Discussion:

A didelphys uterus is a very rare Mullerian duct anomaly (4) and carcinoma cervix in anomalous uterus is even rarer with only case reports in the literature.(5)(6)(7) Most women with a didelphys uterus are asymptomatic, however in the presence of a thick, sometimes obstructing vaginal septum, they can present with dysmenorrhea or dyspareunia. This obstructing vaginal septum can lead to hematocolpos/hematometrocolpos and thus patient can present as chronic abdominal pain as well (5). Rarely, genital neoplasm's and renal anomalies are reported in association with didelphys uterus.(4) In our case report, the patient was unaware of presence of didelphys uterus because she had no problems at reproductive age and develops two pregnancies with successful evolution. Uterine anomalies such as our case of uterine didelphys can be diagnosed using multiple imaging modalities such as ultrasound, hysterosalphingography (HSG) and MRI.(8) Ultrasonography is widely available and is usually first investigation in evaluation of any pelvic pathology. Ultrasound shows separate divergent uterine horns with a large fundal cleft. Endometrial cavities are uniformly separate, with no evidence of communication. Two separate cervices are seen.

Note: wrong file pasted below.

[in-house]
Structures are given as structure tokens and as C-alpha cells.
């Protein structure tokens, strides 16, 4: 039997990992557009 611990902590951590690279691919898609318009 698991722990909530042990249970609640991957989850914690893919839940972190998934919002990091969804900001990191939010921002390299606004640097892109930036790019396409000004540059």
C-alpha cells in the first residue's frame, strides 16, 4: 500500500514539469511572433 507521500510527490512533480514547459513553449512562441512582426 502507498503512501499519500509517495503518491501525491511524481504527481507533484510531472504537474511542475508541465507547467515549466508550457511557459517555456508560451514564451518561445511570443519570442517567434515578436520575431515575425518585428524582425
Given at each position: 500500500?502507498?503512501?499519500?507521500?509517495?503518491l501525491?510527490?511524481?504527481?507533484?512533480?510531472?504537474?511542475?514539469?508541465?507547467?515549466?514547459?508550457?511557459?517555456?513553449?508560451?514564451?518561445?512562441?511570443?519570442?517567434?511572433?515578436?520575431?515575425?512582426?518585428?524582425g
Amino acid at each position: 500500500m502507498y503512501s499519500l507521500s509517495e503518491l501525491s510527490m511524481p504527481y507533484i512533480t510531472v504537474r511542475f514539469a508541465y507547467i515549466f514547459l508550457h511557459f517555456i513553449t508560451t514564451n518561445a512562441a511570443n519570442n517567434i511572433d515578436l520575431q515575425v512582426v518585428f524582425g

Magnetic resonance imaging (MRI) has excellent soft tissue resolution. It helps in detail anatomical evaluation and to rule out associated pathology. MRI shows two separate uteri with widely divergent fundi, two separate cervices, and usually an upper vaginal longitudinal septum. Normal uterine zonal anatomy is preserved in each uterus (Fig 1).